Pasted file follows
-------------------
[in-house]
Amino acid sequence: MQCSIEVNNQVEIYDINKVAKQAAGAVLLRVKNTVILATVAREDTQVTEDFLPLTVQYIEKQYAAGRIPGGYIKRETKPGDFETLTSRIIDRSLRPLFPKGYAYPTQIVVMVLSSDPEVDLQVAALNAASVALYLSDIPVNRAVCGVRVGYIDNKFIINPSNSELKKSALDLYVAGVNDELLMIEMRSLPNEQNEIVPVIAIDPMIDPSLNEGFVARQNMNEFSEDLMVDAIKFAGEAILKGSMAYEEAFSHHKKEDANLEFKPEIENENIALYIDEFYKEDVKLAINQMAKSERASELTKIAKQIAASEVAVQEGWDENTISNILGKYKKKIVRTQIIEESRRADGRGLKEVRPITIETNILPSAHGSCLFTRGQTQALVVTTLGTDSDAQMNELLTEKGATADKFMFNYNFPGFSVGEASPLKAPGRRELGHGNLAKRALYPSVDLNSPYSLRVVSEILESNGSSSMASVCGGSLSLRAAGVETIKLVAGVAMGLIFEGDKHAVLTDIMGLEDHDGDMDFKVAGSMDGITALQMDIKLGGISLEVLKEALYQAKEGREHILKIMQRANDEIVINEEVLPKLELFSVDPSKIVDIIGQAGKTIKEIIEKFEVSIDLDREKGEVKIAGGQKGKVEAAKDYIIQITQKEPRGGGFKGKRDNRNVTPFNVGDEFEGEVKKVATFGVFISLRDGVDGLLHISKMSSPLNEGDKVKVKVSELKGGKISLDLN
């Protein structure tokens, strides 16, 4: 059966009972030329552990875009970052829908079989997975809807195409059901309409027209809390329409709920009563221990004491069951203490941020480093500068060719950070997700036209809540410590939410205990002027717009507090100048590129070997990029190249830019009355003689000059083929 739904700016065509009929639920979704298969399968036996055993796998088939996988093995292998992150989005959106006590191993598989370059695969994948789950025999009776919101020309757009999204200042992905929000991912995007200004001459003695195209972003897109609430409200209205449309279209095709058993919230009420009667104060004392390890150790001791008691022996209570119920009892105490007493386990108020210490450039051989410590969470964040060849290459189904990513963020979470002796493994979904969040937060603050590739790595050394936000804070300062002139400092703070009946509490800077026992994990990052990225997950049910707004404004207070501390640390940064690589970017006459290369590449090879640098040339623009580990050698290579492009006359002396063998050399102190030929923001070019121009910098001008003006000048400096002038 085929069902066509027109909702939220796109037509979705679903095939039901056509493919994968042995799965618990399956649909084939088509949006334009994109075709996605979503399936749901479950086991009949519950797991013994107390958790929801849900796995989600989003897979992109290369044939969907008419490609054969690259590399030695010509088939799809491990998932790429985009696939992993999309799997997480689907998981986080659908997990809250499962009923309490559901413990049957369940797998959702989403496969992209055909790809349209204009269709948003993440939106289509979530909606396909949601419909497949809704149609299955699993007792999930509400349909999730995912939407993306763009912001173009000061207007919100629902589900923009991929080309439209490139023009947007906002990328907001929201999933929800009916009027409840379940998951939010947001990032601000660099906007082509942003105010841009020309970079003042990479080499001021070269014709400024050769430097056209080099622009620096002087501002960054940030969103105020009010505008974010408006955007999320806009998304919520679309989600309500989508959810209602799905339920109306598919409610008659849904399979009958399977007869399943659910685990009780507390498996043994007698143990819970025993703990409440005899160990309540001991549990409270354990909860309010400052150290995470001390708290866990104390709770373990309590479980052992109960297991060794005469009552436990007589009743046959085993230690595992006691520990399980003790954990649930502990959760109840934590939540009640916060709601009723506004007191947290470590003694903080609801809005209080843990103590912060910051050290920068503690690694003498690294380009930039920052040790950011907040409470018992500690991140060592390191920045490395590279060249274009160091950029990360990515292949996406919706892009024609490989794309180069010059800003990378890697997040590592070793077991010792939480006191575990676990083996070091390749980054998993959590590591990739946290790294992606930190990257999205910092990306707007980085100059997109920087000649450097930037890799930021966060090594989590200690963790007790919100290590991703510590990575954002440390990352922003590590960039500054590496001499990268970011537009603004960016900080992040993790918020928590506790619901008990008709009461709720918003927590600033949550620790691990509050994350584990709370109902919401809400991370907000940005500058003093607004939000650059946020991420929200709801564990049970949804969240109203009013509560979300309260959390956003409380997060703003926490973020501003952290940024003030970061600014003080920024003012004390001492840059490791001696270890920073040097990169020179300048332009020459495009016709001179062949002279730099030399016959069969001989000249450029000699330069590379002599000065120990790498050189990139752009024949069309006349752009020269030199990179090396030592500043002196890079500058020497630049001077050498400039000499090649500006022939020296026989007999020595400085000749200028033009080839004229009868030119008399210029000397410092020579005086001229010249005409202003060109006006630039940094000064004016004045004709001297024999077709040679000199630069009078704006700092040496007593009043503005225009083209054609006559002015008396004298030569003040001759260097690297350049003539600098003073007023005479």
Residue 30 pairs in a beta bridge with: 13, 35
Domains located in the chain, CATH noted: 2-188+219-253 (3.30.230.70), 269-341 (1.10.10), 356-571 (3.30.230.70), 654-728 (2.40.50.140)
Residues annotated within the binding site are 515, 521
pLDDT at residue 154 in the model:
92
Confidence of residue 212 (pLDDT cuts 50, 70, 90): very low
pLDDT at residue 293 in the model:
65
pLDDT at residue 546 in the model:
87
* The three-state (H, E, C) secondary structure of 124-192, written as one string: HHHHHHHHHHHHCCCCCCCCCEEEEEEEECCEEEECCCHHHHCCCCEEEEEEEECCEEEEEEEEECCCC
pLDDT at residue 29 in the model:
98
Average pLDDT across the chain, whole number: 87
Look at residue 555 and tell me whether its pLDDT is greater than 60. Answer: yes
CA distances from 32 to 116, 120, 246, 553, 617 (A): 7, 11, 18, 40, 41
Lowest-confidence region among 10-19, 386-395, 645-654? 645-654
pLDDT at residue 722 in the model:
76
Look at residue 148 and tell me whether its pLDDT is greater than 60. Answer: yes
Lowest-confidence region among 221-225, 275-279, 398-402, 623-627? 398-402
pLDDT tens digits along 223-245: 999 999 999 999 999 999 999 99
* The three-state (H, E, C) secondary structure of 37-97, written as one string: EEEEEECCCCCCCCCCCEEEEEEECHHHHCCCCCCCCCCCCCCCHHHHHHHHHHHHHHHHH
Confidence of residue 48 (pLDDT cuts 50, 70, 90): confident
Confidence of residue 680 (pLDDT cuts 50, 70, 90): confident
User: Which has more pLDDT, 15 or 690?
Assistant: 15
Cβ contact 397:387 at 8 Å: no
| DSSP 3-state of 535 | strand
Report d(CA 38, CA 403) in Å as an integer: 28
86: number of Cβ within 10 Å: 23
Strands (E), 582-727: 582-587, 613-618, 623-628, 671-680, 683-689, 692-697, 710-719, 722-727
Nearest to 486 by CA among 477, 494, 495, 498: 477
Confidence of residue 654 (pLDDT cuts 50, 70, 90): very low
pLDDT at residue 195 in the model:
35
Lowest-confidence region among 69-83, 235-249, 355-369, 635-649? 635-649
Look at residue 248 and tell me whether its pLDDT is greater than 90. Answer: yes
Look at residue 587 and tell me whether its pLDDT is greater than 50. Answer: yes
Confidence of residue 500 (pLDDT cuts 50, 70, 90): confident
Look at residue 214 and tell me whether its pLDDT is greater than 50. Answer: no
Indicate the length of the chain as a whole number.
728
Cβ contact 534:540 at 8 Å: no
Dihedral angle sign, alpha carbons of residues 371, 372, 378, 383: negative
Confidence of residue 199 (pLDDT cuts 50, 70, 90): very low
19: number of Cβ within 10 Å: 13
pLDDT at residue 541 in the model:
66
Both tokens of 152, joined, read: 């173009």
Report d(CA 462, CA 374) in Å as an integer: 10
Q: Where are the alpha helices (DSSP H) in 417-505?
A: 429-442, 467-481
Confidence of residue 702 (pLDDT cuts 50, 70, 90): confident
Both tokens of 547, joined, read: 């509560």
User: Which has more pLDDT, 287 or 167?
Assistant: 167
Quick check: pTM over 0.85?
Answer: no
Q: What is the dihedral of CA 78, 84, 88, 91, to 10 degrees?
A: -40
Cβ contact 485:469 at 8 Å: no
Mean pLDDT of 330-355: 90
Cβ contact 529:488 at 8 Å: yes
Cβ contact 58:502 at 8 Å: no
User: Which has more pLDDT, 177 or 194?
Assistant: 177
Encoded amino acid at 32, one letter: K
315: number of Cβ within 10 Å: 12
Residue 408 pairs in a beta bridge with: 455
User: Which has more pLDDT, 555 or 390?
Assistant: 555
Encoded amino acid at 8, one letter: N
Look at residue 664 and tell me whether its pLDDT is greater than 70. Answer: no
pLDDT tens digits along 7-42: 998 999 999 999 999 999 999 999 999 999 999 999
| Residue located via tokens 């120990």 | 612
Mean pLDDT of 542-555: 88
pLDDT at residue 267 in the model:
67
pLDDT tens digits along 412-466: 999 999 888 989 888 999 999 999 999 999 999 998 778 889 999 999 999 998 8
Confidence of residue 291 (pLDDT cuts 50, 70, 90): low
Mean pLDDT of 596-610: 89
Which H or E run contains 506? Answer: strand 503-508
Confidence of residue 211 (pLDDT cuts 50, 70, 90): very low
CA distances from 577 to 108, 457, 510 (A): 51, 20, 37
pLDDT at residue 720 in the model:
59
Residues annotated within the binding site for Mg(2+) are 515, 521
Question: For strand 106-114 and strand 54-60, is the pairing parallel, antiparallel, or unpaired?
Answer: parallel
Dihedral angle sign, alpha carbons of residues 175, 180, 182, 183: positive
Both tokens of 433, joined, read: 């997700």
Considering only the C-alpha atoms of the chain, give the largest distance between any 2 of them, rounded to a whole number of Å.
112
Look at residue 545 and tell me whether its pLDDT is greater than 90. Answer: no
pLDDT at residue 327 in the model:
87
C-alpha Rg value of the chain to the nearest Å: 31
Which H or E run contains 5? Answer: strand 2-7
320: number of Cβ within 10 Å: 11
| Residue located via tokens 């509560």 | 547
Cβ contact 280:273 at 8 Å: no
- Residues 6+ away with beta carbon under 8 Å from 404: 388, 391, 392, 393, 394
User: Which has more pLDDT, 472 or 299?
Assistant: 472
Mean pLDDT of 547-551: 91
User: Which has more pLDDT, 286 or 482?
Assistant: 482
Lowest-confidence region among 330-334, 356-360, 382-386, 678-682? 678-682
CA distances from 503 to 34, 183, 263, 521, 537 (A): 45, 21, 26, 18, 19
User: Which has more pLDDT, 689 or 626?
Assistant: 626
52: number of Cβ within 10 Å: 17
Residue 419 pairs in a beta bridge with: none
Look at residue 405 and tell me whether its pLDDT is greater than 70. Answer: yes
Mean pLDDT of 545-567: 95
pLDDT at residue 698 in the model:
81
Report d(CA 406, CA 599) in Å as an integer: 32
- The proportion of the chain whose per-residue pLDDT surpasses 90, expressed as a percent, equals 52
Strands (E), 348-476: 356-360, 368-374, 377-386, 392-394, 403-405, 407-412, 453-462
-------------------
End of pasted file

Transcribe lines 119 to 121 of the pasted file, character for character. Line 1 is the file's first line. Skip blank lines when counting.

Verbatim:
Mean pLDDT of 545-567: 95
pLDDT at residue 698 in the model:
81